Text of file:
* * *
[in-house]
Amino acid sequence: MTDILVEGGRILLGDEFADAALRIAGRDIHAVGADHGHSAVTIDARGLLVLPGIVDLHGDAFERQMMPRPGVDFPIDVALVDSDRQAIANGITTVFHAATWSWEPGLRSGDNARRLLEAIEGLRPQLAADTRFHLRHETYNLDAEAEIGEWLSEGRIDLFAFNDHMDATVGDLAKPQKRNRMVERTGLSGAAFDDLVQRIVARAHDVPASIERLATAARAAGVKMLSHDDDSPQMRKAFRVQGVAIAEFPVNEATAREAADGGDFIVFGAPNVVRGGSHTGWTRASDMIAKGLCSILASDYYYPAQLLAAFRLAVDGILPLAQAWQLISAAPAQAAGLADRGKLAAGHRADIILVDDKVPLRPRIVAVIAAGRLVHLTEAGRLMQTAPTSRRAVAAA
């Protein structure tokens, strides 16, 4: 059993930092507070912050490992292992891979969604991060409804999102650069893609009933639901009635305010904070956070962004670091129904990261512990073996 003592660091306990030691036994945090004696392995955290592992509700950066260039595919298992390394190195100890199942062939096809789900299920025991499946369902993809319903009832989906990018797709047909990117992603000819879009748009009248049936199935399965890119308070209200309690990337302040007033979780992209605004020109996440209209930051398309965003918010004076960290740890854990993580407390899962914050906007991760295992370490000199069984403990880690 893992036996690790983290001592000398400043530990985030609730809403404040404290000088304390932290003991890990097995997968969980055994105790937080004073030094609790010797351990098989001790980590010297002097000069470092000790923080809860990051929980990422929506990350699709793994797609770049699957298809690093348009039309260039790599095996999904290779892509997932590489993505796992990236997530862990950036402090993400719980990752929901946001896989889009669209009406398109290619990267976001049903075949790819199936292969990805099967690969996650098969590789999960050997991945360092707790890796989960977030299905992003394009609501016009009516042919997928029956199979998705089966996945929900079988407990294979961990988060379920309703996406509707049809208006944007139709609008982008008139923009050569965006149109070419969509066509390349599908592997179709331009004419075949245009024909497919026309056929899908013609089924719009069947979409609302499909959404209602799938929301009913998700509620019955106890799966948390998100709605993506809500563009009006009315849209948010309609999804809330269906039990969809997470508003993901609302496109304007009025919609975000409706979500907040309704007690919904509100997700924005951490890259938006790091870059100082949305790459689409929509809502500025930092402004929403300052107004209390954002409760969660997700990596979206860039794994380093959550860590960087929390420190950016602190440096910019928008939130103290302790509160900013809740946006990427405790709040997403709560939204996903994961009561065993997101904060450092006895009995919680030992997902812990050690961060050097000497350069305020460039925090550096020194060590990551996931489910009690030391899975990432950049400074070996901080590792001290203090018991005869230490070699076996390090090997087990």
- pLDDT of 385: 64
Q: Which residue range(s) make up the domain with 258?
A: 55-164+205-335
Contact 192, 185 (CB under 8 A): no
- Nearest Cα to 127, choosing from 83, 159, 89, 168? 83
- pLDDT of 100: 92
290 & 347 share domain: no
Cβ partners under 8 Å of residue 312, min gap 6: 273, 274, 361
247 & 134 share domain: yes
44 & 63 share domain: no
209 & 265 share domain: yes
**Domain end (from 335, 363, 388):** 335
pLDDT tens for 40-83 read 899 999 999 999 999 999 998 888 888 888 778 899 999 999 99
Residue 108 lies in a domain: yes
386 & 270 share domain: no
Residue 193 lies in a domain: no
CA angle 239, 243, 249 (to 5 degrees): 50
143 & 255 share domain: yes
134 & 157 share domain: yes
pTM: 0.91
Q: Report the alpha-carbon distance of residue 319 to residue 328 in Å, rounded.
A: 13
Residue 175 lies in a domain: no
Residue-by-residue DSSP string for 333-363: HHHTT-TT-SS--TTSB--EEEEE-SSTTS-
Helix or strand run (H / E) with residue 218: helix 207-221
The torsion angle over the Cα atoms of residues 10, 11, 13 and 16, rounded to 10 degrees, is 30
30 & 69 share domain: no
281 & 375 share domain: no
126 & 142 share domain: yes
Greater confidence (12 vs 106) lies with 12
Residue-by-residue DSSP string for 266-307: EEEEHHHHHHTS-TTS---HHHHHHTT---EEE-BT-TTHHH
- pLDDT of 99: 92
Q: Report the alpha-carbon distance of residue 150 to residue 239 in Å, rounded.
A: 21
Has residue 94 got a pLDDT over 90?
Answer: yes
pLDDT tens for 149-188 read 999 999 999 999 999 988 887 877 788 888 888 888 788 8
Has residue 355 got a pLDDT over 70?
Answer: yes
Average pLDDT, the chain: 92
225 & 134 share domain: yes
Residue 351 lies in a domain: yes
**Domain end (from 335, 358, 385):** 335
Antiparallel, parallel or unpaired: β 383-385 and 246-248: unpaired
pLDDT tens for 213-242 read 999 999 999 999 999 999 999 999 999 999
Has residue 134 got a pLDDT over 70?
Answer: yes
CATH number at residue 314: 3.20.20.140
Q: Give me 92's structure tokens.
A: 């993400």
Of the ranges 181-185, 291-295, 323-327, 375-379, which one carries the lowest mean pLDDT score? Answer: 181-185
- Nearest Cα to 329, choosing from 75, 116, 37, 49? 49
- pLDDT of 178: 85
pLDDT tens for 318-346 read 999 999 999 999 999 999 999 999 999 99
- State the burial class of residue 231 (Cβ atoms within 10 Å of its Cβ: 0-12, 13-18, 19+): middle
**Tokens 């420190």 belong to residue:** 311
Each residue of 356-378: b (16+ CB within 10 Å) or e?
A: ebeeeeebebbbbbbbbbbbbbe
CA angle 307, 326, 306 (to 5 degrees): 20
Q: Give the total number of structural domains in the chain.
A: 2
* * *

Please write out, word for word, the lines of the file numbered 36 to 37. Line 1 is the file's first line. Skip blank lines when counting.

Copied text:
Q: Report the alpha-carbon distance of residue 150 to residue 239 in Å, rounded.
A: 21